EGU24-17320, updated on 11 Mar 2024
EGU General Assembly 2024
© Author(s) 2024. This work is distributed under
the Creative Commons Attribution 4.0 License.

Assessing data assimilation techniques with deep learning-based eddy detection

Issam El Kadiri1, Simon Van Gennip2, Marie Drevillon2, Anass El Aouni2, Daria Botvinko3, and Ronan Fablet4
Issam El Kadiri et al.
  • 1Mercator Ocean, Model validation, Toulouse, France (
  • 2Mercator Ocean
  • 3ENIB, Lab-STICC
  • 4IMT Atlantique, Lab-STICC

Mesoscale eddies significantly influence ocean circulation, nutrient distribution, and climate patterns globally.  A thorough reconstruction of the eddy field is therefore important, yet classical eddy detection algorithms based on sea level anomaly (SLA) suffer from the low coverage of the current altimetry network.

In this work, we evaluate the efficacy of deep learning techniques in enhancing the oceanic eddy field reconstruction of an operational ocean forecasting system. We use two ocean models from an Observing System Simulation Experiments (OSSE): a free-run high-resolution ocean circulation model representing the ‘truth’ and a second one constrained by synthetic observations mimicking the altimetry network through assimilation techniques to approximate the state of the ’truth’ model.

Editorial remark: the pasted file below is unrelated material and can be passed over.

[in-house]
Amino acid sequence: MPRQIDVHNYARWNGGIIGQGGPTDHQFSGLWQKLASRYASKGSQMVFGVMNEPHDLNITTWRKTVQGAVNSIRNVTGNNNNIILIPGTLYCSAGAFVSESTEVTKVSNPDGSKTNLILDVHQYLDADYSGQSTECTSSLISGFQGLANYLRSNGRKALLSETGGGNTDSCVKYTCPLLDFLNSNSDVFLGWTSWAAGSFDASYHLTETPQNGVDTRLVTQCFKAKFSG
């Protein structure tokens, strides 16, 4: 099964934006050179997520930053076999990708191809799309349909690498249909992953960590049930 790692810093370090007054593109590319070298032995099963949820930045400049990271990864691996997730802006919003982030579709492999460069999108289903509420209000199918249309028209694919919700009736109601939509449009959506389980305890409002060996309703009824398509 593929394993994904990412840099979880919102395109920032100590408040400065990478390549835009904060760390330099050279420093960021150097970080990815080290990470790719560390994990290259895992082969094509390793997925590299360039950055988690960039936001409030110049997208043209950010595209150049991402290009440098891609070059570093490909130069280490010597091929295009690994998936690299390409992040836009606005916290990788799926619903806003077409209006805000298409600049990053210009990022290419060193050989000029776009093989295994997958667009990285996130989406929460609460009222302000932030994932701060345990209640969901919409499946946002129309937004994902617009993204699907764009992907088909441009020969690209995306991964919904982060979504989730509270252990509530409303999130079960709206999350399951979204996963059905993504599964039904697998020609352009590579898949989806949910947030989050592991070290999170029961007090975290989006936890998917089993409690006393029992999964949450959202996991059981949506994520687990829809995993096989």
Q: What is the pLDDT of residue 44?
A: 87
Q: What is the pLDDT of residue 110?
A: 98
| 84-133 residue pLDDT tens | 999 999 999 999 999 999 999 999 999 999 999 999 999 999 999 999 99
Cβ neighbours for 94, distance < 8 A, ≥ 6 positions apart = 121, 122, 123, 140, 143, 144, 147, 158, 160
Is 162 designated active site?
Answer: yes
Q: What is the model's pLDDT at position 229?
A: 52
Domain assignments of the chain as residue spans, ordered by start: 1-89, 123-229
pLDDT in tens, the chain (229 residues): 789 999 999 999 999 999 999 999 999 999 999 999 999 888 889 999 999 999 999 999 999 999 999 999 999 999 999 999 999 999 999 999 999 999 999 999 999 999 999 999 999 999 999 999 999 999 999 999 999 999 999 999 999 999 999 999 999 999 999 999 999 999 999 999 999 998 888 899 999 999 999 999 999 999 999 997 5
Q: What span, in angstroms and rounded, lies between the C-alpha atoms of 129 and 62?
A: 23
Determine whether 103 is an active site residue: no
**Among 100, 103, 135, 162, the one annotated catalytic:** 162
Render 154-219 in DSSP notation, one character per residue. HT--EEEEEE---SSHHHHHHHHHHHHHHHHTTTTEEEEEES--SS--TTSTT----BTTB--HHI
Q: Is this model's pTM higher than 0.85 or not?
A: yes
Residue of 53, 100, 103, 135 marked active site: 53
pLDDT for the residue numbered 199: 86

We train a neural network model that takes sea surface temperature, sea surface height, and ocean surface currents inputs from the data-assimilation model to recover eddies identified in the ‘truth’ model, which are generated with py-eddy-tracker, a sea surface height-based eddy detection algorithm.

Our investigation centers on a semantic segmentation problem using the U- Net architecture to classify pixels for a given map into non-eddy, cyclonic eddy, and anticyclonic eddy. Our study focuses on the Gulf Stream region, an area renowned for its dynamic oceanic conditions. We find a higher detection rate of eddies and reduced inter-class misclassification when compared to eddy fields reconstructed from the data-assimilated model using the traditional SLA-based algorithm. 

Our data-driven method improves the detection of ‘true’ eddies from degraded data in an OSSE framework, and shows potential for application in operational analysis and forecasting systems.

How to cite: El Kadiri, I., Van Gennip, S., Drevillon, M., El Aouni, A., Botvinko, D., and Fablet, R.: Assessing data assimilation techniques with deep learning-based eddy detection, EGU General Assembly 2024, Vienna, Austria, 14–19 Apr 2024, EGU24-17320,, 2024.

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